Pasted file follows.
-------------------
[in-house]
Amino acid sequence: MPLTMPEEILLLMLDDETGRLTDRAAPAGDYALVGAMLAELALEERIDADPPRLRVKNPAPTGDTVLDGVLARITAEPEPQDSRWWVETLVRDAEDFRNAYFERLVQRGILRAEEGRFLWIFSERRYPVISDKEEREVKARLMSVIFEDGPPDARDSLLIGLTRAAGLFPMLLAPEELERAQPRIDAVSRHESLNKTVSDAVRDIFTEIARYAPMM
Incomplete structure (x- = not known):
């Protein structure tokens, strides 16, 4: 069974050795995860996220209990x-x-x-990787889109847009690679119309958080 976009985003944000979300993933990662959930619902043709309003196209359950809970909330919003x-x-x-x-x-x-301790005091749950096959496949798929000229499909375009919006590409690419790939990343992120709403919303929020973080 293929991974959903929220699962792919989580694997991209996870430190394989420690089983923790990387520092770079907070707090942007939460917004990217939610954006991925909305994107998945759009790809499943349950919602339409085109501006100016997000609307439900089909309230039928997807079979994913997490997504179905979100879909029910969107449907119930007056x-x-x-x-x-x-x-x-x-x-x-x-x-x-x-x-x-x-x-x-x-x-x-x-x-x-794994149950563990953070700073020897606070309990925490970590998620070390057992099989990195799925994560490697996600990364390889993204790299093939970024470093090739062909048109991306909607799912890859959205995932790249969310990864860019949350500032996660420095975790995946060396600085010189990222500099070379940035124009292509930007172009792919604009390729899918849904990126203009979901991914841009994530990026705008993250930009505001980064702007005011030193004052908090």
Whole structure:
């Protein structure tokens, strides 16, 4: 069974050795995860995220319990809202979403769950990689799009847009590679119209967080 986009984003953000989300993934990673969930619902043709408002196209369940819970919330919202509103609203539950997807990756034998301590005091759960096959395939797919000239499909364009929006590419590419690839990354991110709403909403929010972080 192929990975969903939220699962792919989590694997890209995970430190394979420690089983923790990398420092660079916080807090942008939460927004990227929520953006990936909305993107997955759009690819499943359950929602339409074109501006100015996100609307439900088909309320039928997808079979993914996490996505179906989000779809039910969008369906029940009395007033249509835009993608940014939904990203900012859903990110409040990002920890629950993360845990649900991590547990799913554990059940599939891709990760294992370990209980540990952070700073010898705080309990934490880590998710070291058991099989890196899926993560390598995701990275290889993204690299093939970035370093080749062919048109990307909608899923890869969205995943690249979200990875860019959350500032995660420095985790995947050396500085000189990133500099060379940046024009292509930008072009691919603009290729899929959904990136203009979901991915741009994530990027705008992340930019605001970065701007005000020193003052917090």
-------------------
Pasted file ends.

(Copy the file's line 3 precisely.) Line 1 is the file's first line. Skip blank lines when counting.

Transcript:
Incomplete structure (x- = not known):